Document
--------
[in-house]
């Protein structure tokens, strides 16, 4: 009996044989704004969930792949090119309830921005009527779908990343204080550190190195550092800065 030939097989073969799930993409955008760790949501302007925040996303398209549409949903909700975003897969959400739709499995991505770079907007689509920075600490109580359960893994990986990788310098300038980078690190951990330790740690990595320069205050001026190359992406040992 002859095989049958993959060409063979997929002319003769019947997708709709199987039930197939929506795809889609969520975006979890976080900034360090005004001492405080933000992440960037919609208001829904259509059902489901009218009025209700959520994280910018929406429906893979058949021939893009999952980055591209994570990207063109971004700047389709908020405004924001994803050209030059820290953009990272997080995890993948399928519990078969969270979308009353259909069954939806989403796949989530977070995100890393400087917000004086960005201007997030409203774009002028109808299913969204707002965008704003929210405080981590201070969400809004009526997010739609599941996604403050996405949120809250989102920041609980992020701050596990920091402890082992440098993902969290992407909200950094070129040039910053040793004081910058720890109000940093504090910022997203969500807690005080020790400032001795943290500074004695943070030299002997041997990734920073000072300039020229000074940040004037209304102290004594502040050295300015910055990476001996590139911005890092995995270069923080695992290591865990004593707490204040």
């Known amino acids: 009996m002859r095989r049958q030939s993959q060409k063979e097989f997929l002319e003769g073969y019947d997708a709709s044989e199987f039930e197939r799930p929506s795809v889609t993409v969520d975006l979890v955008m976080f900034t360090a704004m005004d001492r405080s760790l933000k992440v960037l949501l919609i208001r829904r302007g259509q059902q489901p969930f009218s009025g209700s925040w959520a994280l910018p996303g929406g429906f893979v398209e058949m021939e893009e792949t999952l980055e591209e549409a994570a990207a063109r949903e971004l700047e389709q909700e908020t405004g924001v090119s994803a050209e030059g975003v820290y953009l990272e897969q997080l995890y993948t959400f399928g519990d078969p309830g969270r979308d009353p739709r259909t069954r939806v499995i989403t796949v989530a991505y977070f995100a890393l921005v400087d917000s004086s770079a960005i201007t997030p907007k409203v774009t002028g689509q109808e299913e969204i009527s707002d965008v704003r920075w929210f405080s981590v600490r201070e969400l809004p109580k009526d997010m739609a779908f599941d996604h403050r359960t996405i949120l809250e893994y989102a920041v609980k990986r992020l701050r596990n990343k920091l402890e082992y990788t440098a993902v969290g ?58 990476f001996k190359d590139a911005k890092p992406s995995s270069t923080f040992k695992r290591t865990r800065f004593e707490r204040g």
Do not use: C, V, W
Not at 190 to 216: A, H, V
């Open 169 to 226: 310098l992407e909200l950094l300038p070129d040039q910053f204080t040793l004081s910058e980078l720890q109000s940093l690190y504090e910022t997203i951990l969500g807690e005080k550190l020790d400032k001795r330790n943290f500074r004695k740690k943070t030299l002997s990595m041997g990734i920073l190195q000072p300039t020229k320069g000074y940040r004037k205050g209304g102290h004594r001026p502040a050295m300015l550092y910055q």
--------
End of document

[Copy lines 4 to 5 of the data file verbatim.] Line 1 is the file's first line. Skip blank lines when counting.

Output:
Do not use: C, V, W
Not at 190 to 216: A, H, V